How would you describe the mission of our partner in South Africa?
Inanda Seminary, founded in 1869, was the first secondary school exclusively for African girls in southern Africa. The active campus educates close to over four hundred students amongst ten historic buildings, the oldest being Rev. Daniel Lindley’s mission house (1858). The Lucy Lindley building (1897) is open to tourists and researchers who wish to explore the school’s humble museum and archives. Several of South Africa’s most powerful and influential women in government, business and the non-profit world received their education at this school. The school is the only school under the auspices of the UCCSA (the American Board of Commissioners for Foreign Missions) to have survived Apartheid.
Inanda Seminary has been entrusted with preserving the rich history of the church’s involvement in educational opportunities for rural, marginalized people in southern Africa over the past 140 years. The most marginalized have been young girls, many of whom would not have received an education without Inanda. The Apartheid era made it difficult for blacks in general to receive quality education and the post-Apartheid era has its own challenges where education for whites and the elite are still more advantageous. Inanda’s contributions to education are recognized nationally and internationally today, and yet the school struggles in the post-Apartheid era to remain financially viable in order to provide quality education for the growing number of disadvantaged Black girls from all corners of the country.
However, the leadership at Inanda feels the additional urgency to preserve the school’s historical legacy and its contribution to the development of a Black governed nation. It understands one of its roles as giving young black women an opportunity to build on the monumental past and legacy of those who have gone before them while ensuring that they are equipped to meet the diverse challenges facing black women in that country today.
In today’s South Africa, it is not uncommon for vulnerable girls to resign themselves to the negatives associated with being a girl child – submission, lack of zeal for education, maternal role to bear children, etc. Inanda wants to restore dignity and give to the girls a sense of history and reference that will help shape their identity as proud black women who can rise above the obstacles. Inanda refutes the idea that black women and men in South Africa are a people without history or whose history started with arrival of white missionaries.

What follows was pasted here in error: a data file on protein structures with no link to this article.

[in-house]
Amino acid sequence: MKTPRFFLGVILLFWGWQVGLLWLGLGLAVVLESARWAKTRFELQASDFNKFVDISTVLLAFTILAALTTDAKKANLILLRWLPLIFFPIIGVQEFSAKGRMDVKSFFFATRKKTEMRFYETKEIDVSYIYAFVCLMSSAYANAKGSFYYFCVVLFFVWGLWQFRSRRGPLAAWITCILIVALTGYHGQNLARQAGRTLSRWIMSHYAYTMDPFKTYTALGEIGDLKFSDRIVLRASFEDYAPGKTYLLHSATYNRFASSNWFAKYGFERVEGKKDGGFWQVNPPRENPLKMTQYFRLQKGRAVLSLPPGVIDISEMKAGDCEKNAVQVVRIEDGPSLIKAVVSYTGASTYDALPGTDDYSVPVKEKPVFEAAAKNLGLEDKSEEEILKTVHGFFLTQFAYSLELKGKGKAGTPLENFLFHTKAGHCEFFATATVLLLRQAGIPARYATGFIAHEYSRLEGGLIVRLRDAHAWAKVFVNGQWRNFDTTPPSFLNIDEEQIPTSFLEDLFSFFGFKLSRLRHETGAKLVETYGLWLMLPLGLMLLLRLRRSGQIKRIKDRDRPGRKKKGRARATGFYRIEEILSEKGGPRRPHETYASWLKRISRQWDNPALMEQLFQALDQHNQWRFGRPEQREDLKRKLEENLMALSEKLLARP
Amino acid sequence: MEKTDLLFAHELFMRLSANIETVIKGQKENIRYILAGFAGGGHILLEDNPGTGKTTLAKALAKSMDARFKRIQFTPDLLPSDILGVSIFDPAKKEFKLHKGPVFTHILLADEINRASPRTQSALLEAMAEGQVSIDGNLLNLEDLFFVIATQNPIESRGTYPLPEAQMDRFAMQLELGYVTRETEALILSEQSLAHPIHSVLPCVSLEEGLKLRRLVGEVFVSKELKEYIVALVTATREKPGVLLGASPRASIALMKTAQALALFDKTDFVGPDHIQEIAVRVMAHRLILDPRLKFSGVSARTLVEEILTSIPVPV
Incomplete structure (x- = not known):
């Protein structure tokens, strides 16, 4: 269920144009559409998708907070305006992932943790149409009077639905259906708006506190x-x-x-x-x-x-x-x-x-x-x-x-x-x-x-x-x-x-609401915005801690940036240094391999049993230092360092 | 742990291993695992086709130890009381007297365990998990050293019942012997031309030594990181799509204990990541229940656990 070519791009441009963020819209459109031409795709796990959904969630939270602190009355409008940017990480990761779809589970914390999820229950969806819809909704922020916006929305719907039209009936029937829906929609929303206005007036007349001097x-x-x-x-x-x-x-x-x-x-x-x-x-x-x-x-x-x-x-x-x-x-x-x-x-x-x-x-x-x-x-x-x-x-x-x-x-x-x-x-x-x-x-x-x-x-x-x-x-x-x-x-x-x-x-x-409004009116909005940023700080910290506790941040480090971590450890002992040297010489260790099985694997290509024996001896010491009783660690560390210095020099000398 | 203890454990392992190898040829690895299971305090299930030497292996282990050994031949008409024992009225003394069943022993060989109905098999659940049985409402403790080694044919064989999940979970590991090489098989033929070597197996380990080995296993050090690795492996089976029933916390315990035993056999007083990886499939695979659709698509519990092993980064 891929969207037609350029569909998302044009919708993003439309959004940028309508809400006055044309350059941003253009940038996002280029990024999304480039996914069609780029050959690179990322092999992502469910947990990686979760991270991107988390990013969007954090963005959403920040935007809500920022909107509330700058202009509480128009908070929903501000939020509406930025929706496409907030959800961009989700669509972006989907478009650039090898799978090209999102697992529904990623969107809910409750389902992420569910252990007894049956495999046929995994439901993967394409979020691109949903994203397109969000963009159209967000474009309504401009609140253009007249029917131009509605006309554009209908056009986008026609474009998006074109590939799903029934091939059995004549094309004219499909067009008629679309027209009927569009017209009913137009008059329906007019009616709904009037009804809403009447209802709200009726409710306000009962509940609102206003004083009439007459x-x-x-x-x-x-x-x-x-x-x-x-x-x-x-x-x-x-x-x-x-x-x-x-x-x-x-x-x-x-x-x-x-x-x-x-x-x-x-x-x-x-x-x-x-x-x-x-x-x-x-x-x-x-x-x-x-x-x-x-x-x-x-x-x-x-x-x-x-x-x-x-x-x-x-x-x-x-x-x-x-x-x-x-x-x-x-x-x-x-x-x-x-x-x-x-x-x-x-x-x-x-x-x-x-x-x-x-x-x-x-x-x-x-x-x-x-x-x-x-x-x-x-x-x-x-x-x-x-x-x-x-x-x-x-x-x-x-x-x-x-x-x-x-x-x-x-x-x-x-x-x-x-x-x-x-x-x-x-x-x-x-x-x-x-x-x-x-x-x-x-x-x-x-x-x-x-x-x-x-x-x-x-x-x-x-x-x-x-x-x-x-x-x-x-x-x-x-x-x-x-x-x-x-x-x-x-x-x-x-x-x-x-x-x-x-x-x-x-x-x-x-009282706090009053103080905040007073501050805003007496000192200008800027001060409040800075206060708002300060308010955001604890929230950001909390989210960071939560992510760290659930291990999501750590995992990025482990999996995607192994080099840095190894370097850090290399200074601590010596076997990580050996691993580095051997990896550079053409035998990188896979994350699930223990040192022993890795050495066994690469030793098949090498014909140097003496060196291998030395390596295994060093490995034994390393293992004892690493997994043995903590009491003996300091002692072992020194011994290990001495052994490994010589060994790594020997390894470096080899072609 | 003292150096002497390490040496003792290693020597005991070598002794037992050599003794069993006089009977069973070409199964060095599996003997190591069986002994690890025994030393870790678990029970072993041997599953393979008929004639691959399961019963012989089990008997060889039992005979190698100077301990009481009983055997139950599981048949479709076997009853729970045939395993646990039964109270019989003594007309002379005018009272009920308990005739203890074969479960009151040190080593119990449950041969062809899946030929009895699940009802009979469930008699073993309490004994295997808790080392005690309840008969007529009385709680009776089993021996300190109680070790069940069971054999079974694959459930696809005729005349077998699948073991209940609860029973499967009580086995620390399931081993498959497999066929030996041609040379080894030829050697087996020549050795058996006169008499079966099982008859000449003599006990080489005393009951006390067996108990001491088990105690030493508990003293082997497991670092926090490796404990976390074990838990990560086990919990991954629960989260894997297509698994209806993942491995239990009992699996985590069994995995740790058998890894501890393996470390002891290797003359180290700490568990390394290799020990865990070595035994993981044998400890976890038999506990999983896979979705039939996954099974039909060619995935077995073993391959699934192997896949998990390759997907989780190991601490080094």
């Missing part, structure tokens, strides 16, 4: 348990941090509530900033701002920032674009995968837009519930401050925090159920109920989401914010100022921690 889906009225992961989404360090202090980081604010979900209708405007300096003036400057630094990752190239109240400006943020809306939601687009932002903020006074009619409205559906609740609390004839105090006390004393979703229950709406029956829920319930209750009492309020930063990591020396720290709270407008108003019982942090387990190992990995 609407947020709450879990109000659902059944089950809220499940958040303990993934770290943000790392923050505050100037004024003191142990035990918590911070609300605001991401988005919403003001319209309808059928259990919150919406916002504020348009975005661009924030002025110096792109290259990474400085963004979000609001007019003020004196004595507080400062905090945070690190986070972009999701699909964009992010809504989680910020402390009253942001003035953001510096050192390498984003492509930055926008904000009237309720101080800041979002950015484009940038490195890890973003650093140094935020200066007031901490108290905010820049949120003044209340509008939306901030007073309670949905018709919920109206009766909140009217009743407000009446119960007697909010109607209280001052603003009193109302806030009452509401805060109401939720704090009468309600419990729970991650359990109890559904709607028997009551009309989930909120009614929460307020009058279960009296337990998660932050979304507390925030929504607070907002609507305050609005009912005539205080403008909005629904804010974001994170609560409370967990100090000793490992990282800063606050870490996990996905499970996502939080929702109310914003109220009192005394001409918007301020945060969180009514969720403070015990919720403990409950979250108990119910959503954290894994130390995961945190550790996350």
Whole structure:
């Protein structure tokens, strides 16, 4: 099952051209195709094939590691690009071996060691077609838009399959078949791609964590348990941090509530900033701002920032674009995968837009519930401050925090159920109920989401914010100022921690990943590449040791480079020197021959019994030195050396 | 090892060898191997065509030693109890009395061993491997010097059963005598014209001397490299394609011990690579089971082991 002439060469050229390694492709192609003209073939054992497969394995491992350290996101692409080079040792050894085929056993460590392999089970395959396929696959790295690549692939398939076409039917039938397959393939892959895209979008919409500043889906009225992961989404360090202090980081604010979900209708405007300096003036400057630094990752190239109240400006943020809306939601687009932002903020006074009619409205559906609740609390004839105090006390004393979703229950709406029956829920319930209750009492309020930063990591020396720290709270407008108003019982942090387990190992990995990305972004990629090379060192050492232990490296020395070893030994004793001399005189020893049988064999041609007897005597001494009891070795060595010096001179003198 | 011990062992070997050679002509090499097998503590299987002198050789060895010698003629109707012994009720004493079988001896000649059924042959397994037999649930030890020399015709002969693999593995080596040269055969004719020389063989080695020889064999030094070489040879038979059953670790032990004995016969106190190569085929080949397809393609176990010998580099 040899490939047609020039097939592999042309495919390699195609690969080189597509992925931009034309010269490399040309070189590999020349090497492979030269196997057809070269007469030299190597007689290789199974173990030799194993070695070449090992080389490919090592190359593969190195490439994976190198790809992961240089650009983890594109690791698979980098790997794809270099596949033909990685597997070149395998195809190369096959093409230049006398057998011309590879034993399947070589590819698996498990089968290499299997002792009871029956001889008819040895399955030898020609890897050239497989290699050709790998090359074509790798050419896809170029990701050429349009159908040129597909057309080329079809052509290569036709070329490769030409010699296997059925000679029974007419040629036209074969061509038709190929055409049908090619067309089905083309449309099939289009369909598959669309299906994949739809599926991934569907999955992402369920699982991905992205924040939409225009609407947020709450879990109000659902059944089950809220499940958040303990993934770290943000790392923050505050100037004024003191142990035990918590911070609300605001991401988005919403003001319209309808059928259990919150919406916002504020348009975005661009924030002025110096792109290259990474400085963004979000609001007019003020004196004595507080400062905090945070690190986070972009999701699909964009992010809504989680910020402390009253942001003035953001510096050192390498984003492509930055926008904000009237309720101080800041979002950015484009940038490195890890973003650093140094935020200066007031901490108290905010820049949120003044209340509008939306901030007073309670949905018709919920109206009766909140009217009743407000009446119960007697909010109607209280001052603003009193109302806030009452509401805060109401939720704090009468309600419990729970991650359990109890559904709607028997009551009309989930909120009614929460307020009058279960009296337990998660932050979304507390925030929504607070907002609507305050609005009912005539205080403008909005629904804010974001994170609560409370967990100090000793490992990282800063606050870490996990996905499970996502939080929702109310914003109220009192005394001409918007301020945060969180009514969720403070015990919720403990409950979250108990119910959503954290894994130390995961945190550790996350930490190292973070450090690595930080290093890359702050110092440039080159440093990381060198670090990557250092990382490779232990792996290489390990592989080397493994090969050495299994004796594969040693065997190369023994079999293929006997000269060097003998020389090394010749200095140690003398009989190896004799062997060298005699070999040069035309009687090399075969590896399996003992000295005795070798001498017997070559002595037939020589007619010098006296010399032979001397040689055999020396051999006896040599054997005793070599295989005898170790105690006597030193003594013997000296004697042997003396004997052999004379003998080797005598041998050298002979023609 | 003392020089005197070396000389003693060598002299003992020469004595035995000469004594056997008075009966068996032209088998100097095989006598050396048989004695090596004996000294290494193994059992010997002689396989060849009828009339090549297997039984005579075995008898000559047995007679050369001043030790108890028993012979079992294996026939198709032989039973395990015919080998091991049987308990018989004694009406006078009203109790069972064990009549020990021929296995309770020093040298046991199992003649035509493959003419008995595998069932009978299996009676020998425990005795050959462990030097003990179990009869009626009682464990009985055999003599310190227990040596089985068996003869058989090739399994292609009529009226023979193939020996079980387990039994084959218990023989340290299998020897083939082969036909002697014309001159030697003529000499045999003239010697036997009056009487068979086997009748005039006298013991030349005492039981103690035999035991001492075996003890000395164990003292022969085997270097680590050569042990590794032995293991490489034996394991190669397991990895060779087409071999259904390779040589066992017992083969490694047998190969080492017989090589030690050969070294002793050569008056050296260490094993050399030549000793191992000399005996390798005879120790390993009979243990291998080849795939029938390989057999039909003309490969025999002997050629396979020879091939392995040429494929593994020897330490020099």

How do you fit into their mission?
As a consultant, I have three major tasks.
(1) A key component of my work is to assist the school with resource planning and management, which includes grant writing. I am expected to mobilize the alumnae and South African corporations for the financial sustainability of the school and its mission to educate potential female leaders.
(2) I work with the leadership of the school to build the capacity of junior staff and students in the preservation of this rich historical information that is on the verge of being lost. This entails helping the school to execute its plans to archive and restore historical documents. I assist with the training of junior staff and students with skills necessary to manage a historical museum.
(3) With Inanda’s 140 year history, the school has been recognized for its historical importance and named by former President Nelson Mandela as one of three historical sites essential to understanding the contribution of Black South Africans to the nation. As a strategic planner and consultant, I assist the school in its long-term goal of developing historic tourism at Inanda. This is seen by the school as a mechanism for marketing the school, engendering economic sustainability as well as preserving the environment.
In addition to my appointment at Inanda Seminary, I serve as the Acting Minister of the Thafamasi Congregational Church, UCCSA.
For the KwaZulu-Natal Region of the UCCSA, I serve on the Public Lecture Committee and the Bursary Committee.
I also frequently serve as pulpit supply to many local UCCSA churches (St. Luke’s, Bethel, Queensboro, New Forest and Musgrave).